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United States v. Zuk

United States Court of Appeals, Fourth Circuit

October 24, 2017

UNITED STATES OF AMERICA, Plaintiff - Appellant,
v.
JULIAN ALEXANDER ZUK, Defendant-Appellee.

          Argued: September 13, 2017

         Appeal from the United States District Court for the Western District of North Carolina, at Statesville. Richard L. Voorhees, District Judge. (5:13-cr-00059-RLV-DCK-1)

         ARGUED:

          Amy Elizabeth Ray, OFFICE OF THE UNITED STATES ATTORNEY, Asheville, North Carolina, for Appellant.

          Andrew Brady Banzhoff, DEVEREUX & BANZHOFF, PLLC, Asheville, North Carolina, for Appellee.

         ON BRIEF:

          Jill Westmoreland Rose, United States Attorney, OFFICE OF THE UNITED STATES ATTORNEY, Charlotte, North Carolina, for Appellant.

          Before WILKINSON, Circuit Judge, NIEMEYER, Circuit Judge, and Raymond A. JACKSON, United States District Judge for the Eastern District of Virginia, sitting by designation.

         Vacated and remanded by published opinion. Judge Niemeyer wrote the opinion, in which Judge Wilkinson and Judge Jackson joined.

          NIEMEYER, CIRCUIT JUDGE.

         In this appeal, the government challenges as substantively unreasonable the sentence imposed by the district court on Julian Zuk.

         Zuk was indicted on seven counts for transmitting, receiving, and possessing child pornography. The undisputed evidence shows that before his arrest, Zuk amassed more than 13, 800 photographs and more than 470 videos, a large proportion of which depicted the sadistic treatment of young children. He also communicated on a daily basis with a 16-year-old who was sexually abusing his 5-year-old cousin and even directed the 16-year-old to abuse the child in specific, sadistic ways. Pursuant to a plea agreement, Zuk pleaded guilty to one count of possessing child pornography, in violation of 18 U.S.C. § 2252A(a)(5)(B). Because the Sentencing Guidelines' recommendation for Zuk's relevant conduct substantially exceeded 240 months' imprisonment, which was the maximum sentence for possession, the 240-month term became the Guidelines' recommended sentence.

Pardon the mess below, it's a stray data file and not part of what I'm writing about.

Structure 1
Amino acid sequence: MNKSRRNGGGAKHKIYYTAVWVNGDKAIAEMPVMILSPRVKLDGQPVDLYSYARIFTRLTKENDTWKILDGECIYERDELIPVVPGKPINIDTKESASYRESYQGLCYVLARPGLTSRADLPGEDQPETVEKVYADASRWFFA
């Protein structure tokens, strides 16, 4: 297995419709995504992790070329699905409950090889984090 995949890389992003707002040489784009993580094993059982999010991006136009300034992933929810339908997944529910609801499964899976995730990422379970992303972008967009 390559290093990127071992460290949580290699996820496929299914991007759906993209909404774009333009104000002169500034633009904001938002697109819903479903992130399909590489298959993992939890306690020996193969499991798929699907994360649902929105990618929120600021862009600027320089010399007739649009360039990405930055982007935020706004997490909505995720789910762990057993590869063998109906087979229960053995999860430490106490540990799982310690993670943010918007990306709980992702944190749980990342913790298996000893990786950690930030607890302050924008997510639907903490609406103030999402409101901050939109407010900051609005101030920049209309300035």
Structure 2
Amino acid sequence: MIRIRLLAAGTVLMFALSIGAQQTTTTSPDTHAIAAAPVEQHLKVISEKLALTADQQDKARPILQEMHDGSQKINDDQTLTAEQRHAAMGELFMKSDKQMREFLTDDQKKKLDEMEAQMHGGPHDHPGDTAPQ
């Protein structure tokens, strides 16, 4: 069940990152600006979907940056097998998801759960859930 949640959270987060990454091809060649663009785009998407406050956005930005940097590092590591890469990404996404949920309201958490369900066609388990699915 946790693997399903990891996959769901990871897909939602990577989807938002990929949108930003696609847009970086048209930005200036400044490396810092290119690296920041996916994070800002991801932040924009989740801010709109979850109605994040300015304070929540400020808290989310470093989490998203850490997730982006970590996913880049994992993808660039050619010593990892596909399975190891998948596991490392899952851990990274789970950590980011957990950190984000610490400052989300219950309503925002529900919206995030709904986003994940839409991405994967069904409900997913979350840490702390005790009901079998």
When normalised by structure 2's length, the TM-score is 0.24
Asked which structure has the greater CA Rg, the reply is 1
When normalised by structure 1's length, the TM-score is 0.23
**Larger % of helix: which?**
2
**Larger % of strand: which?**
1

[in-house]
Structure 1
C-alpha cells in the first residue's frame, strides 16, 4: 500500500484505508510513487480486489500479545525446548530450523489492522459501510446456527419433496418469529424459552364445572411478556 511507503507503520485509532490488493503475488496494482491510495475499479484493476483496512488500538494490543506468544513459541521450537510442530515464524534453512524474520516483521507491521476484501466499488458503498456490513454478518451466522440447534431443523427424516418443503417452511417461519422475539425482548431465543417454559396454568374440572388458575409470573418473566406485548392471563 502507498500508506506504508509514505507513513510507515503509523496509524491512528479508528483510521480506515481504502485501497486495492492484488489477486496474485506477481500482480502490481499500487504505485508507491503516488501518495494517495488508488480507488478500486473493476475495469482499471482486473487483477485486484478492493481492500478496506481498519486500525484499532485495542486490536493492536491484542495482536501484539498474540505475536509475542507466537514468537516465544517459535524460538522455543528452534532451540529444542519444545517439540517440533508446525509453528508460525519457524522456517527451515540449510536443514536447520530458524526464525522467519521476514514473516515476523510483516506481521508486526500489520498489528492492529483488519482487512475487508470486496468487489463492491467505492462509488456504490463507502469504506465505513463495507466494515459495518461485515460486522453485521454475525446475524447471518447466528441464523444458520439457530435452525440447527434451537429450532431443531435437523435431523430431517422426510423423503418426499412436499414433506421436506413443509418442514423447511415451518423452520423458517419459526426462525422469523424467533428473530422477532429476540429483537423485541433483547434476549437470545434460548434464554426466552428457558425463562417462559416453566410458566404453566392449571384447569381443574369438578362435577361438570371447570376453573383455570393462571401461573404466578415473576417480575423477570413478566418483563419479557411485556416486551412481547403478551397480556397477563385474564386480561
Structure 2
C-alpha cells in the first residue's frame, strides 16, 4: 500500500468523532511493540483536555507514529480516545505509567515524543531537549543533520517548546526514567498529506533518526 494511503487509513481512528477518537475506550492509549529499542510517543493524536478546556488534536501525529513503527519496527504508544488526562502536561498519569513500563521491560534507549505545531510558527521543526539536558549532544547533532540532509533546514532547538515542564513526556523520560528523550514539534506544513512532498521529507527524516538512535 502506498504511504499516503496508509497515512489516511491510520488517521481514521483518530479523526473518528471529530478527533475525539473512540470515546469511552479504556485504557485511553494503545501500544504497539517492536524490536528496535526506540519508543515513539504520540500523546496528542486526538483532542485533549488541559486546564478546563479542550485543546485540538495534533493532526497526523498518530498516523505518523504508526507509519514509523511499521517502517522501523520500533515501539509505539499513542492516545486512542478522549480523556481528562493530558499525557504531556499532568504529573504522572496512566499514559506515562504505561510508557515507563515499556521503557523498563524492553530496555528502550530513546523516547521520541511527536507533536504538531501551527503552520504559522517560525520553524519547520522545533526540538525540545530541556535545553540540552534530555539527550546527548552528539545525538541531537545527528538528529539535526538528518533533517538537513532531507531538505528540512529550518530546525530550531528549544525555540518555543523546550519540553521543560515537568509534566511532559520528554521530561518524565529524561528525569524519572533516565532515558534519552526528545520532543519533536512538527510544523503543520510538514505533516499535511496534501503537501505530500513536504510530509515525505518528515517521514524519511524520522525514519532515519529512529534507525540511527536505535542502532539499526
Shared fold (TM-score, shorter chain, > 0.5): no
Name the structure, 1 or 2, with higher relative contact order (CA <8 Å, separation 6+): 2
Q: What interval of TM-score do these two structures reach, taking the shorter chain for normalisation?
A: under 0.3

Following a lengthy sentencing hearing during which Zuk's recently diagnosed autism spectrum disorder was explained, the district court sentenced Zuk to time served of 26 months, reciting Zuk's disorder as the "primary driver" behind the sentence. On appeal, the government states:

The time-served sentence Zuk received is substantively unreasonable because it creates unwarranted sentence disparities and fails to provide just punishment or adequate deterrence in light of the seriousness of Zuk's offense conduct. Zuk is a pedophile, a sadist, and a recidivist who possessed more than 13, 000 images of child pornography and who directed a 16-year-old boy's sexual abuse of his five-year-old cousin for Zuk's sexual gratification. Yet Zuk's time-served sentence is lower than the sentence advised by the Sentencing Guidelines for a child-pornography-possession offense with no aggravating factors.

         Because we agree with the government in the particular circumstances of this case, we vacate the district court's sentence and remand for resentencing.

         I

         When Julian Zuk was a high-school sophomore in Asheville, North Carolina, he found a photo-sharing website that hosted images of nude minors and minors in bondage. Using a school laptop and a flash drive, he began to view and download these images, and he continued to do so through his junior and senior years of high school. After graduating in the middle of his high school class, Zuk enrolled at Appalachian State University in the fall of 2012. Over the course of his freshman year, he spent an increasing amount of time acquiring child pornography, developing a particular interest in content that depicted the sadistic treatment of prepubescent children. When he realized that he could obtain more illicit material by trading images via email with people he had met online, he created hundreds of ...


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